Walking The Extreme Middle Path

Living In Balance Means Not Living In The Extreme

The middle path shows us to walk the line between extremes without getting attached.

Are you too extreme to walk the middle path?
Source: flickr.com

We live in a world of extremes. Extreme Sports. Extreme Makeover (not to mention Extreme Makeover: The Home Edition and Weight Loss Edition). Extreme Programming. Extreme Project Management. Extreme Championship Wrestling. We even have an Extreme Ice Center in Indian Trail! It seems that if it isn’t extreme, it isn’t worth doing!

Even our ideals have become extreme where each side takes up their position, as far from the middle as possible, and defends that position at all costs. We see in politics, religion, sports fandom, Mac vs. PC, Ford vs. Chevy, Coke vs. Pepsi, my blank is better than your blank, and on and on and on! OK, maybe that’s a little extreme, but I bet you’ve seen, or maybe even participated in some of these extreme discussions.

We can see this in the current U.S. Presidential elections (and in pretty much every political election). There’s the Democrats and the Republicans, and each side is firmly entrenched, ready for battle, behind their candidate, who can do (and has never done) any wrong. Whereas the other candidate is (and has always been) wrong. This creates an environment where everyone takes a side, and no one even bothers to work towards the middle (i.e., compromise), which is where the best solutions exist.

Tai Chi: The Middle Path As A Physical Exercise

Chan Buddhism talks of the “Middle Path,” or “Middle Way.” Taoism (Daoism) bases their entire philosophy on “The Way,” living according to nature, avoiding extremes. In our Tai Chi, we are taught to “walk” the middle path through our practice of the arts. We are taught not to be stiff, but also not to be slack. We want to be loose and relaxed, but also filled with energy and intention. A physical manifestation of an emotional action.

The Tai Chi symbol embodies this ideal. We have Yin, represented by the white section, and Yang, represented by the black. As you trace around the circle, you go from one extreme to the other and back again. The curved line between Yin and Yang is the middle path.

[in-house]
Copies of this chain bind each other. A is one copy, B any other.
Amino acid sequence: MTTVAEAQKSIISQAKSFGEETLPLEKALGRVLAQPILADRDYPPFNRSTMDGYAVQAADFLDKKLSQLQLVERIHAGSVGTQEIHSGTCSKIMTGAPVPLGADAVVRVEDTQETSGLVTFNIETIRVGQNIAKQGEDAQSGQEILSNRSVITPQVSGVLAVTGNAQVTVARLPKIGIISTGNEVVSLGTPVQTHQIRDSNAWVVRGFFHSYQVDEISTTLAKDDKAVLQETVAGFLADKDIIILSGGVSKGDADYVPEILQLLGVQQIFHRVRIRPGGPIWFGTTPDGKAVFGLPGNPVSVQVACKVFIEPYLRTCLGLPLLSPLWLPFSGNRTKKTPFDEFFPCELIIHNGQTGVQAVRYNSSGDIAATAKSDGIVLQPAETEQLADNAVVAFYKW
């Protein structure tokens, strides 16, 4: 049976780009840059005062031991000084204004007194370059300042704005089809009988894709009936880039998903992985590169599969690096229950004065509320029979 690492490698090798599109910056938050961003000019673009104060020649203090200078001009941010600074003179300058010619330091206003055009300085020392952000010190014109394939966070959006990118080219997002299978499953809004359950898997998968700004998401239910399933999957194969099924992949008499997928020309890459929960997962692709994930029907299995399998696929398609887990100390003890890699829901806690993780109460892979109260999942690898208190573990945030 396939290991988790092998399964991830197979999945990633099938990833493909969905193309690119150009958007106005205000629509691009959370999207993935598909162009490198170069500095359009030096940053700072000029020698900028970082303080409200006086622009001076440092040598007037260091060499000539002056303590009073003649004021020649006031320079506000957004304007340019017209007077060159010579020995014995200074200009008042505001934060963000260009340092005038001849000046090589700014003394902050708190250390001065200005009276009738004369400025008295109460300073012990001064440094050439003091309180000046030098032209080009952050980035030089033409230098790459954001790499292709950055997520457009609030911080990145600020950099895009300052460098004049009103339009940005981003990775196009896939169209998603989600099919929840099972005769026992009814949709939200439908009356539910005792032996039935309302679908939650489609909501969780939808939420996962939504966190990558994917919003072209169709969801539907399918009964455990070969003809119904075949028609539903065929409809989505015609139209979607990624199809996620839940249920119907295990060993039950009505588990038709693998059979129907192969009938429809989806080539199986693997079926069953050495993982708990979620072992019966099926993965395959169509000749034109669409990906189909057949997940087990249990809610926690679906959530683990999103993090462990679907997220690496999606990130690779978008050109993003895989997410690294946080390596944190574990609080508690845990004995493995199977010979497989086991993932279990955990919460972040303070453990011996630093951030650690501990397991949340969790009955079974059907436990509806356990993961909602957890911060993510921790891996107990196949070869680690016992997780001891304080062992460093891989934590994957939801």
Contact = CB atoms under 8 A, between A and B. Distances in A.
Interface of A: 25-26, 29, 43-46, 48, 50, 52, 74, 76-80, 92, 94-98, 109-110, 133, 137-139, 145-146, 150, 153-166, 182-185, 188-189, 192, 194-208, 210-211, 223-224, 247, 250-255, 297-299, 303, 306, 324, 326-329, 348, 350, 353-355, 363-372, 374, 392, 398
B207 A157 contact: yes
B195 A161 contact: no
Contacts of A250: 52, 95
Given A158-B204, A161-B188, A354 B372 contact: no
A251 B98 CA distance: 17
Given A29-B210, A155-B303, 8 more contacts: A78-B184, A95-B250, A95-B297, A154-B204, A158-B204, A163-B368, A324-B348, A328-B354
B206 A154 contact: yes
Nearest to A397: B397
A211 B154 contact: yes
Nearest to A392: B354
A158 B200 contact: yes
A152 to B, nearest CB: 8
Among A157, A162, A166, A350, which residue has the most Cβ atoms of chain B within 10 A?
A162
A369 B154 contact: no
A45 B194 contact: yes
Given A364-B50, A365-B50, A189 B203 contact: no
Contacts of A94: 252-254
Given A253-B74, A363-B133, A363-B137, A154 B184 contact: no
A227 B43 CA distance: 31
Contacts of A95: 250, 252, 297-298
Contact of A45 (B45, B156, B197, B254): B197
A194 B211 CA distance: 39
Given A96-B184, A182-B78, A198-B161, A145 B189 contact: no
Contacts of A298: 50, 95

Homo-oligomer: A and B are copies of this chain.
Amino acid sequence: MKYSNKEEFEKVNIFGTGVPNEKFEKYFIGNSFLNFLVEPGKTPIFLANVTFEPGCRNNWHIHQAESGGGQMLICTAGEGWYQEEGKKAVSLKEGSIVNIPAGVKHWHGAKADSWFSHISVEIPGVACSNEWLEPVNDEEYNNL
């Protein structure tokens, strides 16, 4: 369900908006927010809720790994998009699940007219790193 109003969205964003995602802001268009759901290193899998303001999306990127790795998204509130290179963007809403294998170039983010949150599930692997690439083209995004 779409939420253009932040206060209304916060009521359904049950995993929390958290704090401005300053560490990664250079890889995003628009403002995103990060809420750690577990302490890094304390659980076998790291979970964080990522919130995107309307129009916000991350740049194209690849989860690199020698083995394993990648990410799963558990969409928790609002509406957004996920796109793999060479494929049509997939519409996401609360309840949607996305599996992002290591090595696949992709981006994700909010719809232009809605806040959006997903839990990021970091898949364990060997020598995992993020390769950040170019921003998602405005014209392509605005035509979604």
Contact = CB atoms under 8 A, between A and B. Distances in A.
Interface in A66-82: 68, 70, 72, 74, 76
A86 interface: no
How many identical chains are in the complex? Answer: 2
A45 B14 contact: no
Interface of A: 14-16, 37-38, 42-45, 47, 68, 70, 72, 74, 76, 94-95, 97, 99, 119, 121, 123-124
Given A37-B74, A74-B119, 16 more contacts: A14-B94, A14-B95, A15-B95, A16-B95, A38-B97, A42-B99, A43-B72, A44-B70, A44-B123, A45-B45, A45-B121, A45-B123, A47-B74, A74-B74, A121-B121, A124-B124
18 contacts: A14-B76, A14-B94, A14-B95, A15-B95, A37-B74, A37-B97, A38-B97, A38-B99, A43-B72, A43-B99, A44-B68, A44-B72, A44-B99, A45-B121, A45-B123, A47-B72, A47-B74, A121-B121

Yin Yang of Tai Chi teaches us how to Walk the Middle Path

The Middle Path of Tai Chi

In nature we see extremes. Drought and monsoons, desert heat and arctic cold, even the transitions between seasons can see some extreme conditions. Nature shows us that the path between these extremes passes through a middle way … a compromise, if you will, between the two extremes. The path between Summer (extreme heat) and Winter (extreme cold) is Fall, where the weather is more temperate. Extremes have their use, it’s the attachment to these extremes that causes problems.

What do you do when you’re in an “extreme” discussion over, say Paleo vs. Atkins? Easy, step away from your extreme and see what the other side is seeing. Don’t be afraid of being swayed or converted. If your values won’t allow it, it won’t happen. The upside is that you might come to an understanding with your friend. Which, deep down, is what we all want anyway …  to be understood, at the very least, to be heard.

You might also find that there is common ground between the two positions and there are more similarities than differences. It’s all possible if we just get out of the way of our own extremes and not be judgmental of what is being said. Even if we’re the one’s saying it.

Sifu Dale Guadagna

About Sifu Dale Guadagna

Dale Guadagna began his Tai Chi journey in 1998. Encountering job-related stress, he joined The Peaceful Dragon to help manage his chronic stress. Seeing how the Chinese Arts of Tai Chi, Qigong, Yoga, and Meditation has helped countless students, including himself, he has devoted his life to teaching these arts. In 2009, with his wife Maricris, they opened Lake Norman Tai Chi Center to serve North Mecklenburg, Iredell, and Cabarrus counties in North Carolina.
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